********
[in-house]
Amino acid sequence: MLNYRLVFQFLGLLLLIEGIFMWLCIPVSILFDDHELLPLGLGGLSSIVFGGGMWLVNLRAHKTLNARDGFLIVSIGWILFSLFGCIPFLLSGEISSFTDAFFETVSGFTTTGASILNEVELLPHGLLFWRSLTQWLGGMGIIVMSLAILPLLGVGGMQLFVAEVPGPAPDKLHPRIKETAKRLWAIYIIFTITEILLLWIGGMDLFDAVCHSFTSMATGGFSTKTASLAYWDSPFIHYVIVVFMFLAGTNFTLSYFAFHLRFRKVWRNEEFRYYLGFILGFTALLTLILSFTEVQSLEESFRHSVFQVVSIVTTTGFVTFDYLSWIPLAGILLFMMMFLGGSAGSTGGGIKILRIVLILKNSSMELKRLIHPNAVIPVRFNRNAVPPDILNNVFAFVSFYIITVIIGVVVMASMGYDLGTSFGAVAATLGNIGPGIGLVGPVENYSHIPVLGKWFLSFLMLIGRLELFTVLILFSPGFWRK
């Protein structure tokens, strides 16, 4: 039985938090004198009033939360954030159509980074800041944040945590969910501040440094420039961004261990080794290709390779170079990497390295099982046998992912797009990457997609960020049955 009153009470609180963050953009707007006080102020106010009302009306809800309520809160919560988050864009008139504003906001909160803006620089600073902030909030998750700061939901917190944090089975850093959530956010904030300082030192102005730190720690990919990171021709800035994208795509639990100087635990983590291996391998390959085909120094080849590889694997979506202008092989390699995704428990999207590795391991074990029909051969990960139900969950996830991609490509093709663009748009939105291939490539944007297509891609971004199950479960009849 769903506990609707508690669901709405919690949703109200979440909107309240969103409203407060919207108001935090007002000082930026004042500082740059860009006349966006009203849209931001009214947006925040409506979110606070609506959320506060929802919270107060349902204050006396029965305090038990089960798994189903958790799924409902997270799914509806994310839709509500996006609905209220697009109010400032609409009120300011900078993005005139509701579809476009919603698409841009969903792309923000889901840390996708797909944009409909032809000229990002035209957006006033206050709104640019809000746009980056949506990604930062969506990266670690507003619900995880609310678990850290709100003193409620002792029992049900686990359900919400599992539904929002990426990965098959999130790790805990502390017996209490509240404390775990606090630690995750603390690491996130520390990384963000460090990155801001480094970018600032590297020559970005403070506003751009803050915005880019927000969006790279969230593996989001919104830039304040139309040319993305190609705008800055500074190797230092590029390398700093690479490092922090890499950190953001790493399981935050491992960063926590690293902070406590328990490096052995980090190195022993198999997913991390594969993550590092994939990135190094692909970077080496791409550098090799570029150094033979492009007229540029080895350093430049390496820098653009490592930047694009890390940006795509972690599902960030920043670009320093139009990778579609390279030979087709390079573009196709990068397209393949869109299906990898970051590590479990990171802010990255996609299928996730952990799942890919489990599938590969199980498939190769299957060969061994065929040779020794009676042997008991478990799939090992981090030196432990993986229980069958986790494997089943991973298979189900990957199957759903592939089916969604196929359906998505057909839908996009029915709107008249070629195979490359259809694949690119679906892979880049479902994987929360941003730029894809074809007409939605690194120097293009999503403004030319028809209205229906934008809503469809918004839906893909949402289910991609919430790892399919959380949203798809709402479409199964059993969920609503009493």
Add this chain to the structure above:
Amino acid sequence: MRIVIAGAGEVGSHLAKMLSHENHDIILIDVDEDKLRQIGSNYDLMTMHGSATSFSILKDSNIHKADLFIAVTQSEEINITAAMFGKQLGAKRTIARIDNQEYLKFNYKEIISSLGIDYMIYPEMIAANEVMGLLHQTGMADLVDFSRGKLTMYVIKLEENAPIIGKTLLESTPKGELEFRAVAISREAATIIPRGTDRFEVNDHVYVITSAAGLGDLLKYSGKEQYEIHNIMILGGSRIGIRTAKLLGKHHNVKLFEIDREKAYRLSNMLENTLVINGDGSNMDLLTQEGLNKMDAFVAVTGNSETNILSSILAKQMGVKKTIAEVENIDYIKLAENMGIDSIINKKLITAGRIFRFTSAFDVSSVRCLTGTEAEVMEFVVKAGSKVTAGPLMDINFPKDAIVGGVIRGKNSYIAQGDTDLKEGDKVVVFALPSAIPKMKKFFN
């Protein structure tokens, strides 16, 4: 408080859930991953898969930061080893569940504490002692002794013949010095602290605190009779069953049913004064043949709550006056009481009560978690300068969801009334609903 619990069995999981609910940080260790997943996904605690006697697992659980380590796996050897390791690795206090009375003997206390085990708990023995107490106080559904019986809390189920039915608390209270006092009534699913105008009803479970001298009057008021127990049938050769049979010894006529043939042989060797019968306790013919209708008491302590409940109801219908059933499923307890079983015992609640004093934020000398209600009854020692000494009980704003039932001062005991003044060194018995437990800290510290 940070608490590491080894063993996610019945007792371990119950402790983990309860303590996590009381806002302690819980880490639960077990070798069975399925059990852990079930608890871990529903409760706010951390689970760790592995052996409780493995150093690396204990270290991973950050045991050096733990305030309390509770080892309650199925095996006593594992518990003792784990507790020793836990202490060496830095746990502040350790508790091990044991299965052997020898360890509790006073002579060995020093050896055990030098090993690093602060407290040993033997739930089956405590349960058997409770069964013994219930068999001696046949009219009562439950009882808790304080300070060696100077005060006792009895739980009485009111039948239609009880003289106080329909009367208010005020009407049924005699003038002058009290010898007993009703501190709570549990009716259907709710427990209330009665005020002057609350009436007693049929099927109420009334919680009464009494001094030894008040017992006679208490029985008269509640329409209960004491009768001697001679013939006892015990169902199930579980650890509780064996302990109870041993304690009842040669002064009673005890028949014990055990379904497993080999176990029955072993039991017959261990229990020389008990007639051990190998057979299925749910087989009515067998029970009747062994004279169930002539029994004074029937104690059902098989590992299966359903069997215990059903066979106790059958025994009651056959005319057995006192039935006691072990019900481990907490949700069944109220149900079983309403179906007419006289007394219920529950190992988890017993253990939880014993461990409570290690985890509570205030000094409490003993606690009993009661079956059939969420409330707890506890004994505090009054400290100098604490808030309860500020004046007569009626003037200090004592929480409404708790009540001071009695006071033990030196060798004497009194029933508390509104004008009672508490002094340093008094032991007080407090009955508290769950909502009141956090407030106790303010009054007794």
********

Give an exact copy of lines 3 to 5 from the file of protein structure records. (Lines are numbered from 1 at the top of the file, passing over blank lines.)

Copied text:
């Protein structure tokens, strides 16, 4: 039985938090004198009033939360954030159509980074800041944040945590969910501040440094420039961004261990080794290709390779170079990497390295099982046998992912797009990457997609960020049955 009153009470609180963050953009707007006080102020106010009302009306809800309520809160919560988050864009008139504003906001909160803006620089600073902030909030998750700061939901917190944090089975850093959530956010904030300082030192102005730190720690990919990171021709800035994208795509639990100087635990983590291996391998390959085909120094080849590889694997979506202008092989390699995704428990999207590795391991074990029909051969990960139900969950996830991609490509093709663009748009939105291939490539944007297509891609971004199950479960009849 769903506990609707508690669901709405919690949703109200979440909107309240969103409203407060919207108001935090007002000082930026004042500082740059860009006349966006009203849209931001009214947006925040409506979110606070609506959320506060929802919270107060349902204050006396029965305090038990089960798994189903958790799924409902997270799914509806994310839709509500996006609905209220697009109010400032609409009120300011900078993005005139509701579809476009919603698409841009969903792309923000889901840390996708797909944009409909032809000229990002035209957006006033206050709104640019809000746009980056949506990604930062969506990266670690507003619900995880609310678990850290709100003193409620002792029992049900686990359900919400599992539904929002990426990965098959999130790790805990502390017996209490509240404390775990606090630690995750603390690491996130520390990384963000460090990155801001480094970018600032590297020559970005403070506003751009803050915005880019927000969006790279969230593996989001919104830039304040139309040319993305190609705008800055500074190797230092590029390398700093690479490092922090890499950190953001790493399981935050491992960063926590690293902070406590328990490096052995980090190195022993198999997913991390594969993550590092994939990135190094692909970077080496791409550098090799570029150094033979492009007229540029080895350093430049390496820098653009490592930047694009890390940006795509972690599902960030920043670009320093139009990778579609390279030979087709390079573009196709990068397209393949869109299906990898970051590590479990990171802010990255996609299928996730952990799942890919489990599938590969199980498939190769299957060969061994065929040779020794009676042997008991478990799939090992981090030196432990993986229980069958986790494997089943991973298979189900990957199957759903592939089916969604196929359906998505057909839908996009029915709107008249070629195979490359259809694949690119679906892979880049479902994987929360941003730029894809074809007409939605690194120097293009999503403004030319028809209205229906934008809503469809918004839906893909949402289910991609919430790892399919959380949203798809709402479409199964059993969920609503009493």
Add this chain to the structure above:
Amino acid sequence: MRIVIAGAGEVGSHLAKMLSHENHDIILIDVDEDKLRQIGSNYDLMTMHGSATSFSILKDSNIHKADLFIAVTQSEEINITAAMFGKQLGAKRTIARIDNQEYLKFNYKEIISSLGIDYMIYPEMIAANEVMGLLHQTGMADLVDFSRGKLTMYVIKLEENAPIIGKTLLESTPKGELEFRAVAISREAATIIPRGTDRFEVNDHVYVITSAAGLGDLLKYSGKEQYEIHNIMILGGSRIGIRTAKLLGKHHNVKLFEIDREKAYRLSNMLENTLVINGDGSNMDLLTQEGLNKMDAFVAVTGNSETNILSSILAKQMGVKKTIAEVENIDYIKLAENMGIDSIINKKLITAGRIFRFTSAFDVSSVRCLTGTEAEVMEFVVKAGSKVTAGPLMDINFPKDAIVGGVIRGKNSYIAQGDTDLKEGDKVVVFALPSAIPKMKKFFN